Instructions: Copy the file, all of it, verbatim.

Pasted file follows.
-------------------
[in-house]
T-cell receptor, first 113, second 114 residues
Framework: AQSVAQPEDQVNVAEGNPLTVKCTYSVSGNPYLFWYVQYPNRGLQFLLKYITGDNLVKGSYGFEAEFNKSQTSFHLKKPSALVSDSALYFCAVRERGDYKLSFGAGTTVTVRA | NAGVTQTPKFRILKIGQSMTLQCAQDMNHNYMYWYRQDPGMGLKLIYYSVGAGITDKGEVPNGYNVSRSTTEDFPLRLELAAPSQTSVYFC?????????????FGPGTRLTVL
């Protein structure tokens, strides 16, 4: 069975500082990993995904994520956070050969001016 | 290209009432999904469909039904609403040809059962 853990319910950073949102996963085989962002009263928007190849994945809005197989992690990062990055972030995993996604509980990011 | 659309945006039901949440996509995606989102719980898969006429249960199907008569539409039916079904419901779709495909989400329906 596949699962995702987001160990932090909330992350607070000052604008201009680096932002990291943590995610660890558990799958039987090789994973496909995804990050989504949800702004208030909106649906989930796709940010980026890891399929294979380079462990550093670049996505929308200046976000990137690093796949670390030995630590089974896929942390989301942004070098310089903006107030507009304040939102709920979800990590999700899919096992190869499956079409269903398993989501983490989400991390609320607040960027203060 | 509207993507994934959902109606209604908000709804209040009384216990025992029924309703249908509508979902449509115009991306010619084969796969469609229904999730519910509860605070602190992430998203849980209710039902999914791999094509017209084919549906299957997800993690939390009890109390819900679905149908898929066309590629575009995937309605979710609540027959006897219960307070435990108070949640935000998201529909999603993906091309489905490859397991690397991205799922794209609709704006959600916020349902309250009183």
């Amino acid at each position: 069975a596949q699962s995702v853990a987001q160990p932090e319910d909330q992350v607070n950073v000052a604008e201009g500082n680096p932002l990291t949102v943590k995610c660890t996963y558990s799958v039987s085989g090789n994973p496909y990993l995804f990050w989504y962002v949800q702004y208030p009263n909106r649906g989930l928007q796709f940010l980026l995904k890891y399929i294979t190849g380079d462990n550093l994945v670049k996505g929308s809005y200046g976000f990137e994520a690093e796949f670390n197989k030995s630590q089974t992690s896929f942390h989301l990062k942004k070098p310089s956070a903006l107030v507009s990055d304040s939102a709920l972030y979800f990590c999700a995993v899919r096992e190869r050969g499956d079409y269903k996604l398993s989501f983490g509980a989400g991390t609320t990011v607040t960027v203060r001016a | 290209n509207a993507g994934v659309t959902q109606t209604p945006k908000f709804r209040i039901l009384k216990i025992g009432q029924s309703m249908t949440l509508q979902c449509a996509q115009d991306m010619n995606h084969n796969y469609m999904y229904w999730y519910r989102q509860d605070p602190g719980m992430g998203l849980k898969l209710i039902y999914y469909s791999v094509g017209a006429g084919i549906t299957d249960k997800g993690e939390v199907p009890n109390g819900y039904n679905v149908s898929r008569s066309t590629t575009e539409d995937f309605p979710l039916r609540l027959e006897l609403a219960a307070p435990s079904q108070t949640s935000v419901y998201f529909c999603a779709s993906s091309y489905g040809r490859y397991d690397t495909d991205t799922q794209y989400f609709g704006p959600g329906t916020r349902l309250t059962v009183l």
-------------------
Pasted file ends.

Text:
[in-house]
T-cell receptor, first 113, second 114 residues
Framework: AQSVAQPEDQVNVAEGNPLTVKCTYSVSGNPYLFWYVQYPNRGLQFLLKYITGDNLVKGSYGFEAEFNKSQTSFHLKKPSALVSDSALYFCAVRERGDYKLSFGAGTTVTVRA | NAGVTQTPKFRILKIGQSMTLQCAQDMNHNYMYWYRQDPGMGLKLIYYSVGAGITDKGEVPNGYNVSRSTTEDFPLRLELAAPSQTSVYFC?????????????FGPGTRLTVL
């Protein structure tokens, strides 16, 4: 069975500082990993995904994520956070050969001016 | 290209009432999904469909039904609403040809059962 853990319910950073949102996963085989962002009263928007190849994945809005197989992690990062990055972030995993996604509980990011 | 659309945006039901949440996509995606989102719980898969006429249960199907008569539409039916079904419901779709495909989400329906 596949699962995702987001160990932090909330992350607070000052604008201009680096932002990291943590995610660890558990799958039987090789994973496909995804990050989504949800702004208030909106649906989930796709940010980026890891399929294979380079462990550093670049996505929308200046976000990137690093796949670390030995630590089974896929942390989301942004070098310089903006107030507009304040939102709920979800990590999700899919096992190869499956079409269903398993989501983490989400991390609320607040960027203060 | 509207993507994934959902109606209604908000709804209040009384216990025992029924309703249908509508979902449509115009991306010619084969796969469609229904999730519910509860605070602190992430998203849980209710039902999914791999094509017209084919549906299957997800993690939390009890109390819900679905149908898929066309590629575009995937309605979710609540027959006897219960307070435990108070949640935000998201529909999603993906091309489905490859397991690397991205799922794209609709704006959600916020349902309250009183």
């Amino acid at each position: 069975a596949q699962s995702v853990a987001q160990p932090e319910d909330q992350v607070n950073v000052a604008e201009g500082n680096p932002l990291t949102v943590k995610c660890t996963y558990s799958v039987s085989g090789n994973p496909y990993l995804f990050w989504y962002v949800q702004y208030p009263n909106r649906g989930l928007q796709f940010l980026l995904k890891y399929i294979t190849g380079d462990n550093l994945v670049k996505g929308s809005y200046g976000f990137e994520a690093e796949f670390n197989k030995s630590q089974t992690s896929f942390h989301l990062k942004k070098p310089s956070a903006l107030v507009s990055d304040s939102a709920l972030y979800f990590c999700a995993v899919r096992e190869r050969g499956d079409y269903k996604l398993s989501f983490g509980a989400g991390t609320t990011v607040t960027v203060r001016a | 290209n509207a993507g994934v659309t959902q109606t209604p945006k908000f709804r209040i039901l009384k216990i025992g009432q029924s309703m249908t949440l509508q979902c449509a996509q115009d991306m010619n995606h084969n796969y469609m999904y229904w999730y519910r989102q509860d605070p602190g719980m992430g998203l849980k898969l209710i039902y999914y469909s791999v094509g017209a006429g084919i549906t299957d249960k997800g993690e939390v199907p009890n109390g819900y039904n679905v149908s898929r008569s066309t590629t575009e539409d995937f309605p979710l039916r609540l027959e006897l609403a219960a307070p435990s079904q108070t949640s935000v419901y998201f529909c999603a779709s993906s091309y489905g040809r490859y397991d690397t495909d991205t799922q794209y989400f609709g704006p959600g329906t916020r349902l309250t059962v009183l």